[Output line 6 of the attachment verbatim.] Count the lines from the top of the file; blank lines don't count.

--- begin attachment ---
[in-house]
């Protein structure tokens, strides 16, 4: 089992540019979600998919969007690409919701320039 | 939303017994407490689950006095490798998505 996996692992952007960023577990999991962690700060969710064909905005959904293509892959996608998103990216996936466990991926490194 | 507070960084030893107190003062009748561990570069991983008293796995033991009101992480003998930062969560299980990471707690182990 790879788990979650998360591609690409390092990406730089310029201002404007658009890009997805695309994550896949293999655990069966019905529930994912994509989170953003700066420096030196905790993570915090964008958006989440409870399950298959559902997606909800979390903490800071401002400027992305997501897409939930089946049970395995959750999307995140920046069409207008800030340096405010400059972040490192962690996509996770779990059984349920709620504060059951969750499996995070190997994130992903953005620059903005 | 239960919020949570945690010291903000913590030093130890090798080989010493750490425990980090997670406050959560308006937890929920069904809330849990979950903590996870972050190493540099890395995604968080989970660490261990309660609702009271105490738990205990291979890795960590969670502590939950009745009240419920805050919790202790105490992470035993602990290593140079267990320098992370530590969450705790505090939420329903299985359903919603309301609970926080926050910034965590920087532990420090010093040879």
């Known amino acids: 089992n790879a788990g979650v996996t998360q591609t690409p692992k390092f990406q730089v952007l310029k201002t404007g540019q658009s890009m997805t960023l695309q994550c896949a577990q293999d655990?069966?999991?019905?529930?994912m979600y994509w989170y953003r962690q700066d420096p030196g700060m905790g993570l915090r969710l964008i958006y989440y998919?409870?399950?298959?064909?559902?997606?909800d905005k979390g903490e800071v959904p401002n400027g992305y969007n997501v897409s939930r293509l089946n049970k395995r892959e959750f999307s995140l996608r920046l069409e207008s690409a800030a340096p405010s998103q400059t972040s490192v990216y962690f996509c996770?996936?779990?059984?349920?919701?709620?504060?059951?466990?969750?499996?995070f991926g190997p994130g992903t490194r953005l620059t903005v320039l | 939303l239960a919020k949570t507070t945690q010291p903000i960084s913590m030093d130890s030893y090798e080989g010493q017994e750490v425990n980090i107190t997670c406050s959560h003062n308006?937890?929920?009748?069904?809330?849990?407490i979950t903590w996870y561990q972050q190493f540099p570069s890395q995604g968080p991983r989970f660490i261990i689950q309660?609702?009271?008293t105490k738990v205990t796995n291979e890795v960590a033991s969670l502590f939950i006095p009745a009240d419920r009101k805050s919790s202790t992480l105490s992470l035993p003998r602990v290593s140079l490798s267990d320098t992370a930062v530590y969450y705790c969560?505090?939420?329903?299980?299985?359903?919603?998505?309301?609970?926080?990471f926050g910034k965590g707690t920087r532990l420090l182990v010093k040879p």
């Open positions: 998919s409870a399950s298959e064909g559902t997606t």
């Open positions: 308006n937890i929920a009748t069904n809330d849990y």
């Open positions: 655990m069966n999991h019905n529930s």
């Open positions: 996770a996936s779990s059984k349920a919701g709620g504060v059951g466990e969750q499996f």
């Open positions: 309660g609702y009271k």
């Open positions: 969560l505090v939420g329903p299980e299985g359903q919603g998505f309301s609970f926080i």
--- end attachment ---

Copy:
């Open positions: 655990m069966n999991h019905n529930s």